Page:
A major reorganization is taking place around the globe in the service sector as well as the manufacturing sector. It has occupied the profile of rearrangement of industries, production process, and service activities to take over the practices of expenditure cutback while making sure that reliability is not compromised. These kinds of initiatives are mostly pioneered by SMEs, which encompass the volume of any economies’ trade and industry units and contribute extensively to employment. In an ideal situation within the developing economy, who requires elements to grow and activities to generate employment SMEs are panicle predators waiting for the movement to strike. Because most SMEs are labour intensive, they invite a host of employment for different sectors of the economy. Labour absorption is extremely high when it comes to SME sector (Ismail, 2005). Considering the case of Pakistan, 90 % of all private sectors manufacturing entities offer work for less than 99 persons. SMEs’ force is extremely energetic in the industrialized sector, even when most of this may be, employment creation at ‘subsistence levels’. The encouragement has also been extended by International Labour Organisation (ILO); in their programme titles “Decent Work Country Programme” there has been a special emphasis placed on the role of SMEs. According to ILO in countries where there is extreme unemployment and women have lack of opportunities to enter into work places, SMEs play a vital role to balane the equation. They provide due employment for the residents of rural areas as well as create initiatives for the women of the society to join the labour force. The evolution of the developed nations has also depicted a similar story. During the transition phase, SME provided output and employment for the different sectors of the economy and paved the way towards structural transformation from lower-income economies to middle and high income economies (Bari, Cheema, & Haque, 2005).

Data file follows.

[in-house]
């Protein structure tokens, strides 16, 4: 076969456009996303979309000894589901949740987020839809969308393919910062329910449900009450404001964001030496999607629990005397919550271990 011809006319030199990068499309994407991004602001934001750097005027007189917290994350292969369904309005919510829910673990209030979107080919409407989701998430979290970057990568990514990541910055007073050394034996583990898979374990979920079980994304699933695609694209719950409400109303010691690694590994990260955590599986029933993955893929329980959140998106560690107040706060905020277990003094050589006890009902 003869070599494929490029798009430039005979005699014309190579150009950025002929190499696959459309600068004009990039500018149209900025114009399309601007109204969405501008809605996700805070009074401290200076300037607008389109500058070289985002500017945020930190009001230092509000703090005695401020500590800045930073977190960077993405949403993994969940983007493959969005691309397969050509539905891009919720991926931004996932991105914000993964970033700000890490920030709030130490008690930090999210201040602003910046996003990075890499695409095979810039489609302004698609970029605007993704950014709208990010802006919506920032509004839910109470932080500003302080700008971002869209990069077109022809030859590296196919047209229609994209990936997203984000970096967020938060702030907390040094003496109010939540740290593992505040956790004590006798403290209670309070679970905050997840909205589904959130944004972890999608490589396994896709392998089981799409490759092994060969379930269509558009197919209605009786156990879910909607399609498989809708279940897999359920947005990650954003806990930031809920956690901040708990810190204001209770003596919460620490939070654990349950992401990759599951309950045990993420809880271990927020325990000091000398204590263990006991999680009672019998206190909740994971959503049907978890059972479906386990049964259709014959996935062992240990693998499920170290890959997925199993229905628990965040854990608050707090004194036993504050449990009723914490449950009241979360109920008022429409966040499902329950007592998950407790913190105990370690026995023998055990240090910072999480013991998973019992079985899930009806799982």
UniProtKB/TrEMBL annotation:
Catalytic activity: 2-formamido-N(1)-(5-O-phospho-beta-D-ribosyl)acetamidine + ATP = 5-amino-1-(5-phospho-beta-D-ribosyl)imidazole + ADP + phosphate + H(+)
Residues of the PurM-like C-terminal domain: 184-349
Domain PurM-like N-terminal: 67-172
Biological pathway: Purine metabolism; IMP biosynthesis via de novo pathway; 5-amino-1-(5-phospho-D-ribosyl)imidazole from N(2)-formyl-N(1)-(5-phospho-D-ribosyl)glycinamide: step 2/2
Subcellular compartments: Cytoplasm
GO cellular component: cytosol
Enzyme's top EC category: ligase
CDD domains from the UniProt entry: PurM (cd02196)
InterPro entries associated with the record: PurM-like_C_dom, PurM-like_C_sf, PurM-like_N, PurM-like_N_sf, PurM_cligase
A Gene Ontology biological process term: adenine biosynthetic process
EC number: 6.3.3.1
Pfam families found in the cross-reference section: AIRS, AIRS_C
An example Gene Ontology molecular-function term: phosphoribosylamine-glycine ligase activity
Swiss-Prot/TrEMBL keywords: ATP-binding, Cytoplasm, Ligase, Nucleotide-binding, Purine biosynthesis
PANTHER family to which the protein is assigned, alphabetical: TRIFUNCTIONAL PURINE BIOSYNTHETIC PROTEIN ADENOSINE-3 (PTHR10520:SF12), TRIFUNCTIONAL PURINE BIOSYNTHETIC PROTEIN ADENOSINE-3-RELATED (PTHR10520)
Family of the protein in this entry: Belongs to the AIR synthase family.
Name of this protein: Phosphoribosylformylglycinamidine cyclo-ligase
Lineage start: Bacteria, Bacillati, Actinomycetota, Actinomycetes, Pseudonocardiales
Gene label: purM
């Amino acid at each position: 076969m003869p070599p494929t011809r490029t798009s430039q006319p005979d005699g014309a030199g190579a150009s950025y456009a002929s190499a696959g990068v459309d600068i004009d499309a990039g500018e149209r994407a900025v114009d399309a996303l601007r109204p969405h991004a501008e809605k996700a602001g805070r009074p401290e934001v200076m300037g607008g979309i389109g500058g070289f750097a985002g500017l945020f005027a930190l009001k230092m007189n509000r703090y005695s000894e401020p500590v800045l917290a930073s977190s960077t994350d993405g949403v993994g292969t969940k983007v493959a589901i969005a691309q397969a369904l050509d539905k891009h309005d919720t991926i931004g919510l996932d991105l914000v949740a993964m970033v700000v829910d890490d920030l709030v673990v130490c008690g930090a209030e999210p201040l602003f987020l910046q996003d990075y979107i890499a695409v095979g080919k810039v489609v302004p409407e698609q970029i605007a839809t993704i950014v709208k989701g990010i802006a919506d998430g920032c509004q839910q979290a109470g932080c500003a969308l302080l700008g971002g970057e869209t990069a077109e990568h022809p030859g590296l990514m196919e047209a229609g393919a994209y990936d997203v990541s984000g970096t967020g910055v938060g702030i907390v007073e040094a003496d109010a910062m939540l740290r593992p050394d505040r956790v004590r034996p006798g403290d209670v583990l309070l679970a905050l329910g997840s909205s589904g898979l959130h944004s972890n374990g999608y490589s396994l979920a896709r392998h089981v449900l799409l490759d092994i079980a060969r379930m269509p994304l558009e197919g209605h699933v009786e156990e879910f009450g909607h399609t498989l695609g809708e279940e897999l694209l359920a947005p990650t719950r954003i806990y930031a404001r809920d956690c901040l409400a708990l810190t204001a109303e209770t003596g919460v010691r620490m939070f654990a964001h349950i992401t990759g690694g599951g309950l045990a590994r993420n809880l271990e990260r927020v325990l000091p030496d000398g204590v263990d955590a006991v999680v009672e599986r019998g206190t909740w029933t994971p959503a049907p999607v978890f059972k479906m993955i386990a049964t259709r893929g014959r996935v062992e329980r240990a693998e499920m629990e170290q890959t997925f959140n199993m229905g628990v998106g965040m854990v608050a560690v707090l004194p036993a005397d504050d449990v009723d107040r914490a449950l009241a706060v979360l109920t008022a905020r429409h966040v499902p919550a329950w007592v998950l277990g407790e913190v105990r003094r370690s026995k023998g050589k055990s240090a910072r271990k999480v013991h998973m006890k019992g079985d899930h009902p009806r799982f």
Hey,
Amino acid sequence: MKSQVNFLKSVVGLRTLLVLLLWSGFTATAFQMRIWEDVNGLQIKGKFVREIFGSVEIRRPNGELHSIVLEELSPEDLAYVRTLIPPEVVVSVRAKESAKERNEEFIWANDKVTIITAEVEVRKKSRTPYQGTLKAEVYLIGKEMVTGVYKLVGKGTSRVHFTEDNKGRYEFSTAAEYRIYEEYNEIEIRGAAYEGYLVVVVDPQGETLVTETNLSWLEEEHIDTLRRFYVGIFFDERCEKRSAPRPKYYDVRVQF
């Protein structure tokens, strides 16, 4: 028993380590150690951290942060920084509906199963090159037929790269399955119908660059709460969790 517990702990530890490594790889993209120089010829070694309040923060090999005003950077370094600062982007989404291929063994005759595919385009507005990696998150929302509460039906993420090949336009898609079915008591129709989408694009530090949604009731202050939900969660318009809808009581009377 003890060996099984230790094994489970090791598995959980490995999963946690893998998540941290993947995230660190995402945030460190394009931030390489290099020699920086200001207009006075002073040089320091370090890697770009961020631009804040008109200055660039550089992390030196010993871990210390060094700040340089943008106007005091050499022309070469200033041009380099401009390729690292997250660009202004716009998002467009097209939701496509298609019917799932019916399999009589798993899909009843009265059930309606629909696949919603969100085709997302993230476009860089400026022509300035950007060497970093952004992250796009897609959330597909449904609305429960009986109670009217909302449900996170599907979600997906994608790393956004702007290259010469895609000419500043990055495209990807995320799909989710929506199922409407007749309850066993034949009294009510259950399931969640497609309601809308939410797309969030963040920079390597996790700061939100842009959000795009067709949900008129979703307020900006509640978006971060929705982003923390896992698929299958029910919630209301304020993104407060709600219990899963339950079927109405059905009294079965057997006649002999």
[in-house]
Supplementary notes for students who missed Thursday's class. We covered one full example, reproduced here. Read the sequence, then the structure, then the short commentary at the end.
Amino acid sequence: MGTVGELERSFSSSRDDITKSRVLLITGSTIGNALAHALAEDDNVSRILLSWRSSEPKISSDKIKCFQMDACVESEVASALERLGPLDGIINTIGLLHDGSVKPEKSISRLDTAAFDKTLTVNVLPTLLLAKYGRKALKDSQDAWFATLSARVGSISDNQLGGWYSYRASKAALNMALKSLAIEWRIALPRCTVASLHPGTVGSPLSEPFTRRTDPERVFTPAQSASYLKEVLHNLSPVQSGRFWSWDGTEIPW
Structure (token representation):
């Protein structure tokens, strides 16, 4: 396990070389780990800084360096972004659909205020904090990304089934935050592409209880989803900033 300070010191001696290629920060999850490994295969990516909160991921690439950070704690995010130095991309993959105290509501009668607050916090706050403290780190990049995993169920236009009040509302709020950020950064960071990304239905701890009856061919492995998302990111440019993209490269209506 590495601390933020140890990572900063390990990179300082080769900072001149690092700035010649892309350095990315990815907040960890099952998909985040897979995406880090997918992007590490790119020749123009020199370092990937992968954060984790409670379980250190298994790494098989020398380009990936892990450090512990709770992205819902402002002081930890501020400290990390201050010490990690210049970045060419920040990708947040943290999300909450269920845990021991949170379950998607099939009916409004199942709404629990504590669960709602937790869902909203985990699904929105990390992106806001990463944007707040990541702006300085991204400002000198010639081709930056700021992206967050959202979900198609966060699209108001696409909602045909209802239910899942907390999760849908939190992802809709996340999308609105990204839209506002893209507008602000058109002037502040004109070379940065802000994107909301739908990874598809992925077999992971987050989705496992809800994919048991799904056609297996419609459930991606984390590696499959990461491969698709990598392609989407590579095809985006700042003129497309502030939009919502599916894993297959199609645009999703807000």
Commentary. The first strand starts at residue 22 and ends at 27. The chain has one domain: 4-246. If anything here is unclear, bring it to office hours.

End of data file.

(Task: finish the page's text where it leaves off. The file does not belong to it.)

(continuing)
But it’s naive to consider that prefect conditions will persist in the economy and there will be no hurdle for SME sector. We have witnessed firm level factors as well as macroeconomic factor affection the way SMEs run their operations (Bari, Cheema, & Haque, 2005). This means that under the shadow of fabricated world, lies the brutal truth of ground realities because of binding constraints SMEs are not able to achieve their full potential of employing labour and of creating opportunities for the unemployed. Furthermore the choices of technology available for the SMEs are few and far between. Although it has been suggested that Medium enterprises have much more technological choices, small firms lack the advanced technology required for operations. But the counter argument comes for few researchers according to whom Small industries are not required to have advanced technologies, because often they are referred to as cottage industries they have sufficient technology available with them (Gary, 2001). Another view point promoted is that SMEs lack competitive edge because of human skills, knowledge and strategic planning rather than the ability to have machines (Ismail, 2005). The greater the ability of the management to deal with fluctuations in the economic indicators, greater will be the growth progress of SMEs. Given that constraint variables are kept under check and SMEs are allowed to achieve their full potential, than there are no valued assets than the SMEs to create opportunities and provide employment in the economy.